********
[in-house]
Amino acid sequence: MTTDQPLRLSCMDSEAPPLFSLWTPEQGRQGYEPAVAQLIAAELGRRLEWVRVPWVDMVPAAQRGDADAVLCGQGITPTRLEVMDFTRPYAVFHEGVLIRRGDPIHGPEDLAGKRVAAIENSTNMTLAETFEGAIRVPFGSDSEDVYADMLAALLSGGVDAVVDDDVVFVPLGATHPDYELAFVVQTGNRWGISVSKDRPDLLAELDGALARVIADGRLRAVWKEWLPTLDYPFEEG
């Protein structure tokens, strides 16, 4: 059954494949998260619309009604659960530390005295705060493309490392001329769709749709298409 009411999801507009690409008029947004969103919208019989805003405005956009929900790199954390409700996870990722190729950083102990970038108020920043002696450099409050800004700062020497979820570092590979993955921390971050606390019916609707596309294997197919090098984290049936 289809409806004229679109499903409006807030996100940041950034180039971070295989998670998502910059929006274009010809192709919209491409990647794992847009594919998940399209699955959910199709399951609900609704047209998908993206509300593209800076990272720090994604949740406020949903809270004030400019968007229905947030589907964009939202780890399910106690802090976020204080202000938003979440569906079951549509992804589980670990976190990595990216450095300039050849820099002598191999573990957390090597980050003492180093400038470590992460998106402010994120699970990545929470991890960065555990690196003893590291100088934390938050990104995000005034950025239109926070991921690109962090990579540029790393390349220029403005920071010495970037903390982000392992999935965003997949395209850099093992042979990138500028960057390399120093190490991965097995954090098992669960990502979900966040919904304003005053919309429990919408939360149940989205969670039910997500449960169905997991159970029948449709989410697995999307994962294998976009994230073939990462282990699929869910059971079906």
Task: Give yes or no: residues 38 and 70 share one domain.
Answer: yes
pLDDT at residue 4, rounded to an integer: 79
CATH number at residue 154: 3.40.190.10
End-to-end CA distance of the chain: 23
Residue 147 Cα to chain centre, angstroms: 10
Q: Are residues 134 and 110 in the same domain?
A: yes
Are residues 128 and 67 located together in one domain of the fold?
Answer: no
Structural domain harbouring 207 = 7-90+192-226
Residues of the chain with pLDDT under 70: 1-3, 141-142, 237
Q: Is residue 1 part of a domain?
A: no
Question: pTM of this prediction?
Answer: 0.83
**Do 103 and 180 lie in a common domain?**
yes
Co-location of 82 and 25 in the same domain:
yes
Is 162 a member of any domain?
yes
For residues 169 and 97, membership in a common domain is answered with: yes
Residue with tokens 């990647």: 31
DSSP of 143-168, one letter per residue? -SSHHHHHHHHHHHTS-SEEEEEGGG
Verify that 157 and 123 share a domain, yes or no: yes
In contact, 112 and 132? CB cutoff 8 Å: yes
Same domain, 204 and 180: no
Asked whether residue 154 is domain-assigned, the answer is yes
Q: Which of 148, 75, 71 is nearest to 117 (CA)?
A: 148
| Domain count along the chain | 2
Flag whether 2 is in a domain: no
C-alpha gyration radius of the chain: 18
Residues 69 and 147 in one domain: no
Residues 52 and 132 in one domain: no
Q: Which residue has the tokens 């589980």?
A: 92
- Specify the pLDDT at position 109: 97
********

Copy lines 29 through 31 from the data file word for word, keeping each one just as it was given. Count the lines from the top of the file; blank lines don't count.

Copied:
Verify that 157 and 123 share a domain, yes or no: yes
In contact, 112 and 132? CB cutoff 8 Å: yes
Same domain, 204 and 180: no